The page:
Now we bring together ideas about movement with ideas about illumination — so drawing on the work on seeing things. The evidence of our eyes — what we so carefully notice — turns out to need careful interpretation in order to make sense of the observations.
To make anything move along a circular path it is essential to have a force that acts towards the centre of that path.
For example, to make a rubber bung travel around in a circular path on the end of a string, there must be a force acting towards the centre of the motion. The force acting towards the centre of the motion is called a centripetal force.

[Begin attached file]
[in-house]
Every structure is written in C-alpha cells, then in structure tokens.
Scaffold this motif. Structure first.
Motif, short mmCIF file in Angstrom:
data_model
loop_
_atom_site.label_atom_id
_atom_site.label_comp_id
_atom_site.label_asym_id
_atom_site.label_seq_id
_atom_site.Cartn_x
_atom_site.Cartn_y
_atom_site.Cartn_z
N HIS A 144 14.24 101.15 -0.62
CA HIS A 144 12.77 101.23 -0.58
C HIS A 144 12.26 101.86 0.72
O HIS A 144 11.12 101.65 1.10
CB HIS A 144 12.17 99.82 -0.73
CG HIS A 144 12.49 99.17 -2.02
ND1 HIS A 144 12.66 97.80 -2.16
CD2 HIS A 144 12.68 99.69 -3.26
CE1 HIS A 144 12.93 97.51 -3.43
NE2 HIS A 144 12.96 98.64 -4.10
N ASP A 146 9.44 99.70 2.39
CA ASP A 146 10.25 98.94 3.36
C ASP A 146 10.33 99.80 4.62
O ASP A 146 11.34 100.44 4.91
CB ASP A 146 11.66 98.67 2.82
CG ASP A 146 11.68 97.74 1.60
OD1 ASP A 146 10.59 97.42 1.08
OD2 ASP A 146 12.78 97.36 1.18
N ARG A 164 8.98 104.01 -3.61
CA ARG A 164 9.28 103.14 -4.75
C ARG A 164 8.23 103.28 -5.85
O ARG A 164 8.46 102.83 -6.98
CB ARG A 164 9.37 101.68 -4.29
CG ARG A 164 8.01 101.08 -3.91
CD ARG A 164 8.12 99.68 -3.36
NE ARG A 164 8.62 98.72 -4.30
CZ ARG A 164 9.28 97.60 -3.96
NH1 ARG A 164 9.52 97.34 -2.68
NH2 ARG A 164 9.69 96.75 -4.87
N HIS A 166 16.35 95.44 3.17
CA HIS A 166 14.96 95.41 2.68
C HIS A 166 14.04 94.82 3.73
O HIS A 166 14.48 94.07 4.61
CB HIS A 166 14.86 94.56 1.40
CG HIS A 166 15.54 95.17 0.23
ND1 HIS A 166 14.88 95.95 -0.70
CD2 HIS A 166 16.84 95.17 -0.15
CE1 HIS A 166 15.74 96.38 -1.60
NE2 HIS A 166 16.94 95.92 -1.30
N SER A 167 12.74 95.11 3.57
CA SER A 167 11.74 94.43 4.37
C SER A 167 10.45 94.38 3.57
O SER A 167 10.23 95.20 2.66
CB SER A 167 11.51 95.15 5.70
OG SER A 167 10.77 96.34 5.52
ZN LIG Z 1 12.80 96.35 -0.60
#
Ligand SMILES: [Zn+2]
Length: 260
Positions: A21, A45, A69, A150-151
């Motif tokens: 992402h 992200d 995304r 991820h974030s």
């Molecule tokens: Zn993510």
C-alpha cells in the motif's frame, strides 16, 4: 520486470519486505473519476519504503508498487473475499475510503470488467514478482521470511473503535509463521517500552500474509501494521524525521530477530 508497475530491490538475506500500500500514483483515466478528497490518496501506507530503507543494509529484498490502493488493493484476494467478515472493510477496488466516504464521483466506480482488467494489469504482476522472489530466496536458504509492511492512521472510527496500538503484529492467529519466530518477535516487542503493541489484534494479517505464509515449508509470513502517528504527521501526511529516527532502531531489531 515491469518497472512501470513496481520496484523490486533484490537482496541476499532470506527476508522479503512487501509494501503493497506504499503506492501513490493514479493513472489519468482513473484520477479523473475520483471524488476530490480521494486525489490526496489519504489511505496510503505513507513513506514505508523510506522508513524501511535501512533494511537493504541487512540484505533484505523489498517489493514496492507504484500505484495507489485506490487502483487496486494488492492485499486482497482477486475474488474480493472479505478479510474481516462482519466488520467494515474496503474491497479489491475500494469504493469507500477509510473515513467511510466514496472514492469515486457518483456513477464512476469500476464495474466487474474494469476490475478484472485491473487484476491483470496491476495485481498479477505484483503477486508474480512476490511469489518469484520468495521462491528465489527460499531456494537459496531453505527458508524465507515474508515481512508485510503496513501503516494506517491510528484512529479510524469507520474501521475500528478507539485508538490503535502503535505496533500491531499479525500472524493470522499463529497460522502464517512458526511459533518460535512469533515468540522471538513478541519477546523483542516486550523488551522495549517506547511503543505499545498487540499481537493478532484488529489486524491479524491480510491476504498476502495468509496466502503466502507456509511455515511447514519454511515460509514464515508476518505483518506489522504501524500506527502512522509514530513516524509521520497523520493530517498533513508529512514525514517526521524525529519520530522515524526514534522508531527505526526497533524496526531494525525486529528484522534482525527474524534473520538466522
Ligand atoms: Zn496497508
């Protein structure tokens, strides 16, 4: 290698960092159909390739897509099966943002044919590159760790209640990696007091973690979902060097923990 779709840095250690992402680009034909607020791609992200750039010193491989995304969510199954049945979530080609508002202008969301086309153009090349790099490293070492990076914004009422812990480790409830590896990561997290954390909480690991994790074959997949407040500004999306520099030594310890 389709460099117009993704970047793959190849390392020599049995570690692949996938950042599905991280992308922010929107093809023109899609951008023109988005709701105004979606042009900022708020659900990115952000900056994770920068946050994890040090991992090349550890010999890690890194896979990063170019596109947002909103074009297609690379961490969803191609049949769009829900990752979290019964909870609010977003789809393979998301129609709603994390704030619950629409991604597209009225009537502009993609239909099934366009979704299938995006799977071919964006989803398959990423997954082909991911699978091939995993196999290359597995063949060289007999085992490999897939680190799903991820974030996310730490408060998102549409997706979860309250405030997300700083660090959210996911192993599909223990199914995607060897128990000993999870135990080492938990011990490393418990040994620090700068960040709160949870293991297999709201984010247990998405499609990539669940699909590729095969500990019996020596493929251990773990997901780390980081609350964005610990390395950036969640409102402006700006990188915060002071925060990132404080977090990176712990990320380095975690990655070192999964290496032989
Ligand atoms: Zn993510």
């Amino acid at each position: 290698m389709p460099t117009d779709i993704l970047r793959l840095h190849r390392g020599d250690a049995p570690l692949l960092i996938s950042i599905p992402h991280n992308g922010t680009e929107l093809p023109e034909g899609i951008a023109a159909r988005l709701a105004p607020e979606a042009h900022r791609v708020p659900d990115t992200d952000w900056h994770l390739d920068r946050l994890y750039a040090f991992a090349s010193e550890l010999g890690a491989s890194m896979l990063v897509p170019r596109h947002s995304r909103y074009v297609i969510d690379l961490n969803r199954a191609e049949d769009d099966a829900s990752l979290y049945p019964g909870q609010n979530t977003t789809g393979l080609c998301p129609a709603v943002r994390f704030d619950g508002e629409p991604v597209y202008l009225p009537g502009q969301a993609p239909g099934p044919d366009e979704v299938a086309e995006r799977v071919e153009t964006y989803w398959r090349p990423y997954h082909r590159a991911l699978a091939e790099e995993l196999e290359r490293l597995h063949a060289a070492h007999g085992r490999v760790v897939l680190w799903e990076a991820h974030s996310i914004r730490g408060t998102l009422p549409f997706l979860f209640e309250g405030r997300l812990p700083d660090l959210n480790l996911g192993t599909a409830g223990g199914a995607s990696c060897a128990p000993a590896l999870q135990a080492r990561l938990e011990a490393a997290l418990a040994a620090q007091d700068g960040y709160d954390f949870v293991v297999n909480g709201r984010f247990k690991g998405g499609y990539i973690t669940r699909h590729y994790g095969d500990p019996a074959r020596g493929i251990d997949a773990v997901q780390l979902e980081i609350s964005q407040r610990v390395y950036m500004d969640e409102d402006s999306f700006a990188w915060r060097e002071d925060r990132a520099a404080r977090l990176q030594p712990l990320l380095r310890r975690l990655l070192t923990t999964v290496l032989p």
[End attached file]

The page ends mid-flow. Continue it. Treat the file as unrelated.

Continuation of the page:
centripetal is a combination of two Latin words:
centrum meaning centre and
peto meaning to go in. The centripetal force goes in towards the centre.
It's necessary to have a centripetal force to maintain a circular motion because if there is no resultant force acting on an object (that is all forces acting on the object add to zero), then the object travels with uniform motion in a straight line, or stays at rest.